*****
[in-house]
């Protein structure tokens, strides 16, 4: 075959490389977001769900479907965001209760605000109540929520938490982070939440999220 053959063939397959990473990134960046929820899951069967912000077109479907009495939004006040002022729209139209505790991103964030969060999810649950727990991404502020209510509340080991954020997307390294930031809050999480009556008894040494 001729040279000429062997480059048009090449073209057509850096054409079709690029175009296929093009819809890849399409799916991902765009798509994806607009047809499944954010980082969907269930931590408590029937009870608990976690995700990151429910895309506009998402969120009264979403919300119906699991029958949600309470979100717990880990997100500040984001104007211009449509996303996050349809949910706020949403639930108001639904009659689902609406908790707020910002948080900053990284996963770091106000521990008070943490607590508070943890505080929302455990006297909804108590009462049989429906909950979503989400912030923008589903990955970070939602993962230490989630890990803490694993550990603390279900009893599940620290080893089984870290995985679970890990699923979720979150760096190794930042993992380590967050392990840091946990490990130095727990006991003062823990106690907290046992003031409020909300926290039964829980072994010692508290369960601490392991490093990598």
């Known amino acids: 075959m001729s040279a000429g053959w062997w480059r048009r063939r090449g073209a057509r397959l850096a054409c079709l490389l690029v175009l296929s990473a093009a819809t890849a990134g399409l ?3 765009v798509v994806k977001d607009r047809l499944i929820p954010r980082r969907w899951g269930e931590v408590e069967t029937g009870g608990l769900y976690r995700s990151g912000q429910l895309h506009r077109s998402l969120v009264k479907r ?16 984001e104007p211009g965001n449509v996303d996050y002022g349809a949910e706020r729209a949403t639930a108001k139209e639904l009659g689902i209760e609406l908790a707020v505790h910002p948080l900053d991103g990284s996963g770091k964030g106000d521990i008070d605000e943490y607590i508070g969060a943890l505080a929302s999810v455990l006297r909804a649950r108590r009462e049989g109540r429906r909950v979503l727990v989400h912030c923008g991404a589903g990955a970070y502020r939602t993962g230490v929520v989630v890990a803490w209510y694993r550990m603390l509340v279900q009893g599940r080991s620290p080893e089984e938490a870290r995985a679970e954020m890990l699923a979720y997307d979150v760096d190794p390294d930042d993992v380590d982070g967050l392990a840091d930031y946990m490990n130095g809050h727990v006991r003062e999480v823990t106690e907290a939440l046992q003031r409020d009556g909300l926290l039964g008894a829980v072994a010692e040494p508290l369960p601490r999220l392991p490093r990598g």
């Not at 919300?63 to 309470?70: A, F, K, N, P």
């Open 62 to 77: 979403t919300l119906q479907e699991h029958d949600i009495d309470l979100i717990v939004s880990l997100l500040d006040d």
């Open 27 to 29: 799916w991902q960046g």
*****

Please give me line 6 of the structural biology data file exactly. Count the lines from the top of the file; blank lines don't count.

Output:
């Open 27 to 29: 799916w991902q960046g």